* Investors pumped $520 mln into India's primary healthcare
* India's healthcare a play on rising spending power
* Challenge to convince patients to switch from family
MUMBAI, Dec 27 (Reuters) - Private equity funds quadrupled
their investment in India's primary healthcare, betting the sick
and ailing will stop seeing family doctors in often cramped and
dingy quarters and check into modern chains sprouting up across
Asia's No.3 economy.
Goldman Sachs Group Inc, Warburg Pincus LLC,
Sequoia Capital and the Government of Singapore Investment Corp
are among investors that pumped $520 million into
India's basic healthcare industry this year, compared with $137
million in 2011, according to Thomson Reuters data. Some
analysts predict investment will surpass $1 billion in 2013.
Organised healthcare providers including Apollo Hospitals
Enterprise Ltd and Fortis Healthcare Ltd are
betting that growing numbers of patients will be willing to pay
two or three times more for better-equipped clinics - all under
a model that can be replicated fast and offers investors the
potential for quick returns.
"The family doctor concept is slowly phasing out as migrants
in cities look out for a brand rather than visiting a general
physician next door," said Santanu Chattopadhyay, CEO of
NationWide Primary Healthcare Services, in which U.S.-based
Norwest Venture Partners has invested $4.6 million.
The opportunity is vast: India's unorganised primary
healthcare system is worth $30 billion and is growing at least
25 percent a year. The challenge will be convincing the sick to
give up their trusted family doctors.
The country's primary healthcare sector will draw at least
$1 billion annually in private equity investment over the next
couple of years, said Shantanu Deb Mookerjea, executive director
at Mumbai-based advisory firm LSI Financial Services.
"Single-speciality chains and diagnostic laboratories will
be the game changer," he said, adding that they are easy to set
up and expand to suit demand.
Another attraction is that primary healthcare providers such
as outpatient clinics and diagnostic centres are not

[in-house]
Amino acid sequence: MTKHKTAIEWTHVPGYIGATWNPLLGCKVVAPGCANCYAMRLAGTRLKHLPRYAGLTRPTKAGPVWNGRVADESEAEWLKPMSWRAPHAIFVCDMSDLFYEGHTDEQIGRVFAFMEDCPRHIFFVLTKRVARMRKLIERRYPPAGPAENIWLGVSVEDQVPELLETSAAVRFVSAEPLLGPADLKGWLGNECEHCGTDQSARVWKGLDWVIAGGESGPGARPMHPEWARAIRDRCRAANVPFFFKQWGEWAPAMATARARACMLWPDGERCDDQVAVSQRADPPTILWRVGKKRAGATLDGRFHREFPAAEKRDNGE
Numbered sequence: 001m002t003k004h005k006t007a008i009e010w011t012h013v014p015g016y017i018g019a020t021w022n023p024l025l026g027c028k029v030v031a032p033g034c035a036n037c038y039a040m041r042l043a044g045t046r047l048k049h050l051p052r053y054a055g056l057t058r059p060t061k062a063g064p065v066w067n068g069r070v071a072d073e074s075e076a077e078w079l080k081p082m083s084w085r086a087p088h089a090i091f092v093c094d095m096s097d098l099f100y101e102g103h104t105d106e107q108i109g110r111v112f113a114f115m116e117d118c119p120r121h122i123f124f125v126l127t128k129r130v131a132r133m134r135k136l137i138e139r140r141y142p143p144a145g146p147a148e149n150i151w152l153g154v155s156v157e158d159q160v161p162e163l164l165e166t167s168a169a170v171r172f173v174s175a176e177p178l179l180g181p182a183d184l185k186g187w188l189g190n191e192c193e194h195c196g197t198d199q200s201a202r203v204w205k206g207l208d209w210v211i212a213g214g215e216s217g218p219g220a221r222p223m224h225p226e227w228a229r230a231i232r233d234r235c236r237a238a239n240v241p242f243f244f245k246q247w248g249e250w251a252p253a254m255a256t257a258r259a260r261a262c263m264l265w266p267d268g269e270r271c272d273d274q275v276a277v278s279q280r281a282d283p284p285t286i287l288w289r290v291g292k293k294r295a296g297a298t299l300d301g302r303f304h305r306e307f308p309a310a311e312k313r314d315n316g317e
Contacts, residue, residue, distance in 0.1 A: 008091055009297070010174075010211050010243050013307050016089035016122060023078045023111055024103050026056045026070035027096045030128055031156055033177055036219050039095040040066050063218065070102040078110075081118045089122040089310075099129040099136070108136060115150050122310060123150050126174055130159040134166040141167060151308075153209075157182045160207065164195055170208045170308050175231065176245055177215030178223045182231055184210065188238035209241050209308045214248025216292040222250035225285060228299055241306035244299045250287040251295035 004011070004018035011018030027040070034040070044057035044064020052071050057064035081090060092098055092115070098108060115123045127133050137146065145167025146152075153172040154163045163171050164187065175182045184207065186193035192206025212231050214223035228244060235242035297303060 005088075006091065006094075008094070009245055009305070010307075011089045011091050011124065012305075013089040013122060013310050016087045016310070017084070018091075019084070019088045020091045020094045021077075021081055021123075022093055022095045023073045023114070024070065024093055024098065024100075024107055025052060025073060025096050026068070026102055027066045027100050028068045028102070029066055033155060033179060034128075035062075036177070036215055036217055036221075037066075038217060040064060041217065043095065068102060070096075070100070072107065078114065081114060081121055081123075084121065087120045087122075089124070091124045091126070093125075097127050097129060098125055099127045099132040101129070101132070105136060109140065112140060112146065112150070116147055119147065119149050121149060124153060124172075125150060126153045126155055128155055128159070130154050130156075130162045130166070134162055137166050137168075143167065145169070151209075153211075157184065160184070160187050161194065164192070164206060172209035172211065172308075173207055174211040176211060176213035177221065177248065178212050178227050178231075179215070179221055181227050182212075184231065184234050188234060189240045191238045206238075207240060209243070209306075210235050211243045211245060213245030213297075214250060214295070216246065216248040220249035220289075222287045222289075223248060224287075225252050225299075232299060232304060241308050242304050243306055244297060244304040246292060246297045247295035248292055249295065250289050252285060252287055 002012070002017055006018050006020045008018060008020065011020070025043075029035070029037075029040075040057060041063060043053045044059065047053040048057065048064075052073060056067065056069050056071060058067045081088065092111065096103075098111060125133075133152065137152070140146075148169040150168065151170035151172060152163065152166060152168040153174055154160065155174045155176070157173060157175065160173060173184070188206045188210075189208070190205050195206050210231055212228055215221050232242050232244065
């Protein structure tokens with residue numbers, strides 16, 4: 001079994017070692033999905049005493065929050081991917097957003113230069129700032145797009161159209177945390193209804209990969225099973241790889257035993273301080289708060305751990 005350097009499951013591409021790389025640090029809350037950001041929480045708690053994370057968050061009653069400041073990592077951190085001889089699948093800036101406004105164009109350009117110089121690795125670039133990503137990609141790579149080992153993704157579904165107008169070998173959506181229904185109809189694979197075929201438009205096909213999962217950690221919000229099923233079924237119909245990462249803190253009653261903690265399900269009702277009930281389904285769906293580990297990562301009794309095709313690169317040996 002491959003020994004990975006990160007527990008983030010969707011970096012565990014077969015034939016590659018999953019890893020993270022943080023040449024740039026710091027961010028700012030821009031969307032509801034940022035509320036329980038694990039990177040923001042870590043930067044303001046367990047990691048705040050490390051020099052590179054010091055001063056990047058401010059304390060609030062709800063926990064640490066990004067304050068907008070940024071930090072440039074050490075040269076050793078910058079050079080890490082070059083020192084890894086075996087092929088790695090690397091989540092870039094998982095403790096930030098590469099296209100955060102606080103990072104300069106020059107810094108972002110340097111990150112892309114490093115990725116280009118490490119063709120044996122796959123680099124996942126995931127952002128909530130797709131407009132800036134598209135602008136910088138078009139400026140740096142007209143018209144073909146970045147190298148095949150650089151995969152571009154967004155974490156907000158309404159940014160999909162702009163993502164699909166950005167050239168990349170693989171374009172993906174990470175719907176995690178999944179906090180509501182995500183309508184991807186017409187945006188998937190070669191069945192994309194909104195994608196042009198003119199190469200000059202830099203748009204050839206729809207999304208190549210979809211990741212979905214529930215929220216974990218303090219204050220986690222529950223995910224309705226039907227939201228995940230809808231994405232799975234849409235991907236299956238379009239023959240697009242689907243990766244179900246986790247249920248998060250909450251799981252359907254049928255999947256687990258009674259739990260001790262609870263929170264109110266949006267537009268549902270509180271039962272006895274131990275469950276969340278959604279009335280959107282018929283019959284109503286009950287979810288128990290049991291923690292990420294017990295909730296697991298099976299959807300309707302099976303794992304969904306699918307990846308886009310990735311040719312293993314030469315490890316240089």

capital-intensive, so investors don't have to write out big
Also, unlike many restrictive Indian industries, from
insurance to real estate and telecoms, there are no limits on
foreign ownership in healthcare.
THINK LIKE RESTAURANTS
Healthcare, like restaurant chains, is a play on rising
spending power in India, although valuations tend to be lower
than the retail sector. Investors pay single-digit multiples on
price-to-earnings in primary healthcare, compared with 15 to 18
for food and other consumer chains.
Valuations could improve if private healthcare operators
also adopted a restaurant franchise model.
Under such a model, a healthcare operator would allow a
franchisee to use its brand and provide expertise and support in
exchange for a fee. The franchisor would avoid forking out money
to set up new clinics - investments that will be borne by the
"We would prefer to value our company based on our
franchisee consumer model like a pizza (chain) rather than as a
pill made by a drugmaker," said Atul Bhide, director of finance
at Mumbai-based Vaidya Sane Ayurved Laboratories, which operates
160 clinics providing traditional ayurvedic treatment.
As a result, healthcare has been a rare bright spot for
private equity in India, where overall investment fell 17
percent this year to about to $3.3 billion.
"From small hospital chains and specialised treatment
facilities, we are witnessing increased institutionalised
activity, which could attract a lot of institutional investment
interest," said Vishakha Mulye, CEO of ICICI Venture, the
private equity arm of ICICI Bank Ltd.
Last year, Mulye's fund sold its stake in diagnostic chain
Metropolis Healthcare to Warburg Pincus for 3.92 billion rupees
($72 million), a 10-fold return on its 350-million-rupee
investment in 2006.
The biggest challenge will be convincing patients such as
Chandrashekhar Khandke, a 30-year-old software professional at
IBM in the western city of Pune, who said he has visited modern
clinics a few times but still prefers his family doctor.
"If I buy grains from a grocery store or from a supermarket,
it doesn't make much of a difference but when it comes to
health, a family doctor matters a lot," he said.
Overcoming the draw of a trusted doctor may prove harder
than it seems, even in a country where healthcare infrastructure
is poor, electronic medical records are rare, and the quality of
doctors and other medical professionals is patchy.
"Although branded clinics have potential, they find it tough
to pull patients from a strong local doctor. Also, if there is a
big hospital in the vicinity, then they lose out on patients,"
said Deepak Malik, analyst at Mumbai-based brokerage Emkay
Global Financial Services Ltd.
While fees at modern clinics range from 150 to 600 rupees
for treatment of routine illness, sole general practitioners
charge patients anything between 50 and 300 rupees per visit.
"While these chains have a unique brand, a trusted doctor is
even a bigger brand," said Anil Advani, a doctor who operates an
old but modest 800-square-foot (75-square-metre) clinic in
Thane, outside Mumbai.